From Fire to Water
By Kelly Broderick on October 19, 2016

TEMPE-When you mix fire and water the flame will extinguish, but when you mix fire and water at McClintock High School, you get Jacob Hoo.

Senior diver and part-time welder Jacob Hoo was born in Palo Alto, California, and lived approximately 20 miles south of there in San Jose until the age of 5, where he then trekked east to Arizona. Now, a senior finishing off his career at McClintock High School in Tempe, Hoo is the star diver of the Charger swim and dive team.

Hoo got into swimming almost immediately after he had moved to Tempe. “I got into diving when I was 6 years old, and my sister was taking swimming lessons during the summer,” Hoo said. His parents had told him that he needed to take a class at the same time as his sister but he did not want to take swimming lessons. “The only other option was diving and I thought that would be something interesting to try,” Hoo continued.

Hoo has returned to the Chargers for his final year, after coming off an satisfying 2016 season where he received an honorable mention in the All-Tribune Boys Swim and Dive Teams. He has done exceptionally well over his eight-year diving career. In 2014 he was a finalist in the Arizona High School State Division 1 Diving Championship and placed second in the Tempe All-City Meet. In the past season, he finished fifth in the Arizona High School State Division 1 Diving Championship.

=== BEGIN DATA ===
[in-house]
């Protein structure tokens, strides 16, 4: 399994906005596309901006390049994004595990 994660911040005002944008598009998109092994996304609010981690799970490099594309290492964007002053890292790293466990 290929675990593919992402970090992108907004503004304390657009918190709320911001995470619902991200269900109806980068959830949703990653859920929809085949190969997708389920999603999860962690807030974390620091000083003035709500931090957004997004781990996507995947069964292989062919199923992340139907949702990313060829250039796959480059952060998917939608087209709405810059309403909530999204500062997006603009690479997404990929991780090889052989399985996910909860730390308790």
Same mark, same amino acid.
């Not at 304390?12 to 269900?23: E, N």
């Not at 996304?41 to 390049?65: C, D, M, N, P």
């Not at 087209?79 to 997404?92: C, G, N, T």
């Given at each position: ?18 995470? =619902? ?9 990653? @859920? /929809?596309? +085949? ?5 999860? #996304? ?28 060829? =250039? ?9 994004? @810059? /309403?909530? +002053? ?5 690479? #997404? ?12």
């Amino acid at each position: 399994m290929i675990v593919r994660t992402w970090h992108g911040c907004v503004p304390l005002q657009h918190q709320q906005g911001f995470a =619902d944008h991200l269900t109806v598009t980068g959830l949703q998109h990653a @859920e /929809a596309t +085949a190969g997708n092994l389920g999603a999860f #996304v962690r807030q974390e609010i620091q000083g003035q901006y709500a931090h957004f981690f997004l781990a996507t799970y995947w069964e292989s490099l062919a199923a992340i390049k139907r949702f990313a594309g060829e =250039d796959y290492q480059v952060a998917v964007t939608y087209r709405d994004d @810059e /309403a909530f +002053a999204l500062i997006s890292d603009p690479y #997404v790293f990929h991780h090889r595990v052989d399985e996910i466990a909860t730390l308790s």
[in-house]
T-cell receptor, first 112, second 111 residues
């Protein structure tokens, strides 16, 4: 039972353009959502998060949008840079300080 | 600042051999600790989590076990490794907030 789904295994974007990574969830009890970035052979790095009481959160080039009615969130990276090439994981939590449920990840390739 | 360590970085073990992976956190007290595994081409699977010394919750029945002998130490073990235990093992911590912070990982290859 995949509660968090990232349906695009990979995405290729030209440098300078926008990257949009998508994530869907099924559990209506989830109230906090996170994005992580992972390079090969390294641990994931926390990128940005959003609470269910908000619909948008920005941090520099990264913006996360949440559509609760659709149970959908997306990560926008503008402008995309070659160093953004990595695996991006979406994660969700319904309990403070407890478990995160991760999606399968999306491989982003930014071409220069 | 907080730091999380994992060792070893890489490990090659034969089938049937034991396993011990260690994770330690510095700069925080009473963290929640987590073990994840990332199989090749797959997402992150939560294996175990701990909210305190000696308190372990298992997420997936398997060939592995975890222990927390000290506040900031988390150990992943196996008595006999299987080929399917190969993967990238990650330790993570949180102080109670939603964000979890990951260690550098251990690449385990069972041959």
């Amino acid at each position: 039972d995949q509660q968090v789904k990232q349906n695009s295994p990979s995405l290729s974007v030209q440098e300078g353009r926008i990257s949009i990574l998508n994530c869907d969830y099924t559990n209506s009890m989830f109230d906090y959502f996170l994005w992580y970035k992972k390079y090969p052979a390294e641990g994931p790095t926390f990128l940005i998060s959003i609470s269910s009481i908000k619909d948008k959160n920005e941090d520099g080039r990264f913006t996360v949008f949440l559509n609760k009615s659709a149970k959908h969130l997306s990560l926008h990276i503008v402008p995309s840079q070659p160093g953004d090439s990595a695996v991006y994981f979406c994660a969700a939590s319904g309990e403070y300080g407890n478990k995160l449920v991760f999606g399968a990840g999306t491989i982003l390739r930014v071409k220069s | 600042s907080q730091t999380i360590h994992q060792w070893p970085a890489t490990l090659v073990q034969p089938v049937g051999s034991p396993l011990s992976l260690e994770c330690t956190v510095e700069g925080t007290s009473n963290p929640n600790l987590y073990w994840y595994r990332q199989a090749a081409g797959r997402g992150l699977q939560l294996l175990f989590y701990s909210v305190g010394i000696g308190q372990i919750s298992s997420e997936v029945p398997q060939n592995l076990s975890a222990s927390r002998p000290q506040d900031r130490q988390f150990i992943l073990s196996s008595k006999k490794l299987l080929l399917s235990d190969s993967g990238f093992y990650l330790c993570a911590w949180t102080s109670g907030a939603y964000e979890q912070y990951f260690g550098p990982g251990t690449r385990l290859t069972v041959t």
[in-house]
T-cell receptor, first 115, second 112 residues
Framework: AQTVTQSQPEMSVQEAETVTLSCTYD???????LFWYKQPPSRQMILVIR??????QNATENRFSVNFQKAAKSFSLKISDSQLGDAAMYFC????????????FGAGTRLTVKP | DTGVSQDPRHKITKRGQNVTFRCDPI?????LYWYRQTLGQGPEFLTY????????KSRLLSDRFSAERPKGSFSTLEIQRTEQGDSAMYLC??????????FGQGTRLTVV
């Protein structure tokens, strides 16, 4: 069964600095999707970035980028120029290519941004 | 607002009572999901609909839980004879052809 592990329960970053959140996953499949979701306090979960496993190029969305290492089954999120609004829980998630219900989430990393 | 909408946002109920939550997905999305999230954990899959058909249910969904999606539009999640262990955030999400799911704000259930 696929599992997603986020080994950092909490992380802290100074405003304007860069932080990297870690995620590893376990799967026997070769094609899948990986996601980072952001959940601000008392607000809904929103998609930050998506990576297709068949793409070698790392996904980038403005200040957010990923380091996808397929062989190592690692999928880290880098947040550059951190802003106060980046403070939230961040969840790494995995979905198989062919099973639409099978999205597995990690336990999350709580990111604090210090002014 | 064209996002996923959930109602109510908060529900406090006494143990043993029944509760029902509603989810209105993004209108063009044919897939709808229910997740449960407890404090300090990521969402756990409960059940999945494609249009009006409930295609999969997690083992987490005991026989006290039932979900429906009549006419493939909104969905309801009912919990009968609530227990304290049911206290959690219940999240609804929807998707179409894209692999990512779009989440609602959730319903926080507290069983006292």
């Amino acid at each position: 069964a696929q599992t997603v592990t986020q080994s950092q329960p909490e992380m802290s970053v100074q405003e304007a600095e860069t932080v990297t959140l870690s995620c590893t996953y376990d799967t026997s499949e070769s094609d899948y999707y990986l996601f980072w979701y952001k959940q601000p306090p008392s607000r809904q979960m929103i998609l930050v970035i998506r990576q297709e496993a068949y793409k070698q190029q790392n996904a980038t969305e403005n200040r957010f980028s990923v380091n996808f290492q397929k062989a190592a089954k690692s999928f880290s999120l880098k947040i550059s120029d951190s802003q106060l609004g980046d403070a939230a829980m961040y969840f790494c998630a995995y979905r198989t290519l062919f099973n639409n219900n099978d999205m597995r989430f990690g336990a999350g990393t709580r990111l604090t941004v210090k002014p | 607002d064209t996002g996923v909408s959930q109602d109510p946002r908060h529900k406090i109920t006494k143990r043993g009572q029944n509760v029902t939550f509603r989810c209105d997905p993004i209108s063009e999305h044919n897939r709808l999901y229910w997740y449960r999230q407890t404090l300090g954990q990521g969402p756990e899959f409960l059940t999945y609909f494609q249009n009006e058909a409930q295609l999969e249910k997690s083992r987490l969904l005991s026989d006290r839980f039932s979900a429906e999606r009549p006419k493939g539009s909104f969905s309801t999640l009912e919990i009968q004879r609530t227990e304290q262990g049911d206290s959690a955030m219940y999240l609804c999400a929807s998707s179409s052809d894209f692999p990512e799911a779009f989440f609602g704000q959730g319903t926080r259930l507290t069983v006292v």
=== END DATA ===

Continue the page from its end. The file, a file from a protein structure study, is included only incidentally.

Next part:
One of Hoo’s most important meets was when he competed at the Western Nationals meet in Oklahoma. “My first nationals meet was in 2011 and I qualified in the 11 and under for 1-meter,” Hoo said. “This was the first time I had ever been to an out of state meet and I was able to see 16-18 year old's throwing dives I did not even know were possible.” This was when he realized that he wanted to compete with the best and that diving was much more than a hobby. “I realized I could make a career out of being a diver,” he said.

Hoo has not only excelled on the boards, but in the classroom as well. Hoo skipped sixth grade to attend the Herberger Academy at ASU West and began high school a year early at the age of 13. Despite this, he has been able to do well in prioritizing projects and homework around diving. He hopes to go into chemical engineering, which is why it has been difficult for him to find a diving program with an equally good chemical engineering program. “I have always wanted to understand how the world works, and this major gives me the opportunity to make new chemicals and change the way the world works,” Hoo said. “I want to be able to help design new chemicals which will make lives better for people.”

Along with his studies and sports, Hoo enjoys an interesting hobby that that some would not assume would go along well with an athlete that spends five to six days of the week in the water. That hobby? Welding. Hoo got into welding at his mother’s barn. It all started with taking a class on the skill and making of a candle holder. Now, he helps out at the barn by welding fences.

But no worries for the Chargers, Jacob will not be using the torch forever. Hoo’s all-in on his diving career. “It is the one place I feel completely happy,” Hoo said. “Win or lose, good or bad, it is all on me.”

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